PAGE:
Memory Moments

When you spend time exploring the outdoors, you are rewarded by witnessing nature reveal itself. I experience these glimpses of wild animals going about their daily lives as privileges, and though each encounter is ephemeral, the moments remain vivid in my mind’s eye. So often I’m reminded of them and call the memories up to nourish my soul when I need it.

Stuck in traffic or in a long line at the grocery store? I recall these capsules of transcendent beauty and happily surrender to them.

Imagine…a merganser floats with the current down a stream, riding rapids and bobbing through the ripples effortlessly. A sinuous otter swirls in a pothole on a quiet country dirt road, shimmying its fur to bathe in the dust. A great egret, adorned with lacy, extravagant breeding plumes on its back and vivid lime green skin around its eyes, bends its graceful neck down to turn its turquoise egg in its nest.

An eastern diamondback rattlesnake, the largest venomous snake in the Americas, sidles past me, its rattles quiet because it recognizes I am no threat. A springtime walk through an orange grove pleasantly assaults my senses: the smell of the heavenly orange blossoms, the sun’s caressing warmth, the lyrical whistle of a meadowlark, the spectacle of a lustrous pink and scarlet roseate spoonbill cleaving a perfect azure sky.

Each memory yields a moment of bliss and escape.

A peregrine falcon perched on an NYC bridge.

There is, of course, also a dark side to nature’s beauty, though it is no less

grand and fascinating to experience. When Oleg, my friend and photographer for this column, came to Florida to visit this winter, we happened on a peregrine falcon that exploded out of a marsh with a common gallinule in its grasp. It landed just in front of our car, and I quickly set up my telescope to watch it. Holding the bird in its bright yellow talons, the falcon used its sharply hooked bill to rip off the breast of the gallinule in pieces, absolutely gobbling it down.

The word peregrine means wanderer, or pilgrim, and these falcons are indeed far-ranging. They’re found on every continent except Antarctica.

They are famous for two things: becoming almost extinct and being the fastest bird in the world. In the 1970s the widespread use of pesticides, especially DDT, caused their eggshells to thin and the chicks inside to die. Thankfully, pesticide bans were put in place and efforts to reestablish the birds in the wild were successful enough that, in 1999, peregrines were removed from the endangered species list. Still, there are only 140,000 birds in the entire world, with about one-third in North America.

A subadult peregrine falcon in flight.

When flying, their usual cruising speed is about 30 mph, and when in pursuit of a bird they average 67 mph. Impressive enough, but the real drama and speed occur when they dive down to take a bird from great heights—up to 3,000 feet in the air. Called a stoop, the falcon folds its wings back and drops, reaching speeds of more than 230 mph. They hit their target with their feet to stun it, then bite through its neck to quickly kill it.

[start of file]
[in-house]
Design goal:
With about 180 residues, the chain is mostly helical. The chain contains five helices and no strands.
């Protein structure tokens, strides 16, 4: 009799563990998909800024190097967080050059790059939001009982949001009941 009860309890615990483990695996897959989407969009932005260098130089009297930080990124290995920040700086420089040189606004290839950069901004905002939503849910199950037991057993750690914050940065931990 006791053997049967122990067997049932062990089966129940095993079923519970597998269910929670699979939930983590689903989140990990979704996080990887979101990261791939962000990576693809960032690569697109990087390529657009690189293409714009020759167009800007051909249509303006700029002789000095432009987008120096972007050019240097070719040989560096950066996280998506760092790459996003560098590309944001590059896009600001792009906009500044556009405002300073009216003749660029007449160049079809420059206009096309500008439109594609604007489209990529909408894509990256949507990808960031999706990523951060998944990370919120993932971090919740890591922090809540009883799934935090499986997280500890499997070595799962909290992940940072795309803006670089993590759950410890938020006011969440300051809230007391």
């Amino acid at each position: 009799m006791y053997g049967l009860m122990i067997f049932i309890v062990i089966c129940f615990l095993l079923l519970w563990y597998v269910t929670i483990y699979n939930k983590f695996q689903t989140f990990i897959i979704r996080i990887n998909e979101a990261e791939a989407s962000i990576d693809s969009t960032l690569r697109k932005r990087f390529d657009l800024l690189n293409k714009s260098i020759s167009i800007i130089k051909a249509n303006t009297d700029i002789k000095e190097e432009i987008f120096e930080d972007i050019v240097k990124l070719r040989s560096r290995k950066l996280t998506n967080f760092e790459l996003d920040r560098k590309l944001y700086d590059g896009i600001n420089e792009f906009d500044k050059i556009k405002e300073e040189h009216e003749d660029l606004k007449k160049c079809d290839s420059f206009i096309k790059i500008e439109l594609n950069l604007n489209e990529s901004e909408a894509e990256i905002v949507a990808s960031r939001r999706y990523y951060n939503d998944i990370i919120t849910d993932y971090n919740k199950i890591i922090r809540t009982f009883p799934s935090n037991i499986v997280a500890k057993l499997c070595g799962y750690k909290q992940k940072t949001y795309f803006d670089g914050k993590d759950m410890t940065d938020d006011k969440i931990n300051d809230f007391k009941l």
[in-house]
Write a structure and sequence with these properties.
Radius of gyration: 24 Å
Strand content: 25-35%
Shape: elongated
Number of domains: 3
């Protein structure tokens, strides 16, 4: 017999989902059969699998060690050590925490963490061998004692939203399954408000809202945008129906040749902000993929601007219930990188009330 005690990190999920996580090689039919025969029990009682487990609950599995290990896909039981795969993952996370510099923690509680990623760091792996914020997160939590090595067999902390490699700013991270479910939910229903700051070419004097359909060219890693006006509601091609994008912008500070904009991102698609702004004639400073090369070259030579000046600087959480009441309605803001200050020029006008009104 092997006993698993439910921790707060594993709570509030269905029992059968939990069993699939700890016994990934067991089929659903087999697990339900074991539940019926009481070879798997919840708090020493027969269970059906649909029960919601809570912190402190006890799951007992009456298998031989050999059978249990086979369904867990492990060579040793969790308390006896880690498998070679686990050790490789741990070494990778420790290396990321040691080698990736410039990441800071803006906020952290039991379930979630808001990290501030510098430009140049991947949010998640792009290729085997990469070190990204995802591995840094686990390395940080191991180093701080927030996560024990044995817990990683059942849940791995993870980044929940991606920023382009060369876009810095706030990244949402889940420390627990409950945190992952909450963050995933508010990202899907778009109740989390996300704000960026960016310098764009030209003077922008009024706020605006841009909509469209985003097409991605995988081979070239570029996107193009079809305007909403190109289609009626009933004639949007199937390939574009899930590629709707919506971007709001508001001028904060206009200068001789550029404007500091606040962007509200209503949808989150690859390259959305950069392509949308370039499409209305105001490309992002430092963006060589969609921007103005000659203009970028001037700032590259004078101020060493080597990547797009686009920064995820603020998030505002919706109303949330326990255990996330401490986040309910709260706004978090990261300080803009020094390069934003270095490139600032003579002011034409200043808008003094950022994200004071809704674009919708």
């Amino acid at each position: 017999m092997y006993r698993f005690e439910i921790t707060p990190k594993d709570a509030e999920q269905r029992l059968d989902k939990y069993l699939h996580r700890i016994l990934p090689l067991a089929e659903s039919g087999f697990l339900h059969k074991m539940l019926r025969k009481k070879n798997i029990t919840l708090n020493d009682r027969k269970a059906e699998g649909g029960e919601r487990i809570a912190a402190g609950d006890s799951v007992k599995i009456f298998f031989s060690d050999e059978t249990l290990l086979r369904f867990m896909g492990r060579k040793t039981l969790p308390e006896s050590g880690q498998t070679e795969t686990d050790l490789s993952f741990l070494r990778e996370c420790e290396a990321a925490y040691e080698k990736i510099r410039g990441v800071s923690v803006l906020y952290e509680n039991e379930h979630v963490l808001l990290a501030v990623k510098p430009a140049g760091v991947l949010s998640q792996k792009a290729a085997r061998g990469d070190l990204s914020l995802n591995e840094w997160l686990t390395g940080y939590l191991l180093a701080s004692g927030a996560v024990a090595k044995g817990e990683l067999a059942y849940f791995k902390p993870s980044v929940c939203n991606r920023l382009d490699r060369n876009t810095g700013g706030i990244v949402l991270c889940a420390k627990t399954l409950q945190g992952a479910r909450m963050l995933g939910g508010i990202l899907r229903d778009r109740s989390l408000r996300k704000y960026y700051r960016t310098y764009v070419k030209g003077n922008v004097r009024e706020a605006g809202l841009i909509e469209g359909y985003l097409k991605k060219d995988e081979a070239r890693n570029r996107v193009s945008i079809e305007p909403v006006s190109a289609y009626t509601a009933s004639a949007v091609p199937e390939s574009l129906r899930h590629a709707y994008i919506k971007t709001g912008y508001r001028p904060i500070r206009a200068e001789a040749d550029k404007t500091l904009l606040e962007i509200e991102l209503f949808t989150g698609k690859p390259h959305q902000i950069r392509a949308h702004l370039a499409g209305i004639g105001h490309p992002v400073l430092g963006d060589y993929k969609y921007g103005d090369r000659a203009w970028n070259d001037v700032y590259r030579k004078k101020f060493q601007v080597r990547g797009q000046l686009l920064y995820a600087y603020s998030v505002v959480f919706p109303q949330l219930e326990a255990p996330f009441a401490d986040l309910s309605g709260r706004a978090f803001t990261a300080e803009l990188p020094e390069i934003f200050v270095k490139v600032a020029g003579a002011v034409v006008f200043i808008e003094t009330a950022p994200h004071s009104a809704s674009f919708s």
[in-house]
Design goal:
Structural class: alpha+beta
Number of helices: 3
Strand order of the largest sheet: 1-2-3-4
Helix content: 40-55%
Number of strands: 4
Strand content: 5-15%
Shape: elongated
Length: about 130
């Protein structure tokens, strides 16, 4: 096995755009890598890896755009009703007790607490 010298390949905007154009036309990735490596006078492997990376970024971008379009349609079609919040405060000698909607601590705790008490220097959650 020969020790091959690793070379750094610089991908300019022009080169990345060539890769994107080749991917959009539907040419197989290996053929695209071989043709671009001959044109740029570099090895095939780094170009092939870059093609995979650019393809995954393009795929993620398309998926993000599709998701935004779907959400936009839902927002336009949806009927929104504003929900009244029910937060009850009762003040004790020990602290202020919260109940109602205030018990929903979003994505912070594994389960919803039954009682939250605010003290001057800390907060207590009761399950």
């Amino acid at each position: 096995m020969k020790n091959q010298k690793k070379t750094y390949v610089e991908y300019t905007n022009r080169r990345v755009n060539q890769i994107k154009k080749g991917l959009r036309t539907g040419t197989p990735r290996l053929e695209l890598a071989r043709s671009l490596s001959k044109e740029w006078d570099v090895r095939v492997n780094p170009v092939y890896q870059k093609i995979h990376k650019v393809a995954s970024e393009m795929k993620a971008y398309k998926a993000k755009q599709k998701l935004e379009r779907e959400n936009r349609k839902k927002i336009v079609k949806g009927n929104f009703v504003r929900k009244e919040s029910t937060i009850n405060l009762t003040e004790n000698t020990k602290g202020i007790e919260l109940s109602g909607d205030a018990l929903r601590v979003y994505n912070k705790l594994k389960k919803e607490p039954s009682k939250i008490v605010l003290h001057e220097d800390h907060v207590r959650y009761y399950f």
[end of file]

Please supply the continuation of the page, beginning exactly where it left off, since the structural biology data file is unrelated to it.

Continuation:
To see a peregrine falcon in New Jersey, your best chance is to visit the Edwin B. Forsythe National Wildlife Refuge, near Atlantic City. As you drive through the refuge, you will notice something that looks like a doghouse on stilts; that’s a nest box for the resident falcons. Closer to Lake Hopatcong, check out Merrill Creek Reservoir in Warren County or the Meadowlands.

Peregrines have also adapted well to city life and can often be seen on skyscrapers, bridges and electrical pylons. The largest falcon on our continent, they have long pointed wings and a long tail. Their coloring includes a dark gray back and a white front with dark barring on the sides. They appear to wear an almost black helmet and have heavy black sideburns.

When we watched the falcon in Florida, Oleg and I were surprised by how quickly the bird was feeding, but soon realized why. Vultures had either smelled death or spotted the feast and flew in to gather around the falcon.

At first the vultures stayed a respectful distance away, but as the falcon continued to eat, they eventually crept closer and closer. Whether the falcon had its fill of the gallinule or not, it finally flew off and left the last bits of its meal to the vultures, who hopped and hissed and pulled at the carcass. The birds finished feeding and fled, and Oleg and I went to inspect the remains. The gallinule was reduced to just two scaly legs and two wings, everything else had disappeared down the gullets of the raptors.

Nothing goes to waste in nature, and similarly, no time spent observing and enjoying nature is wasted.

This spring, get outdoors, go birding and stock your own bank of memory moments.


Published: Memorial Day 2019 Vol. 11 No. 2

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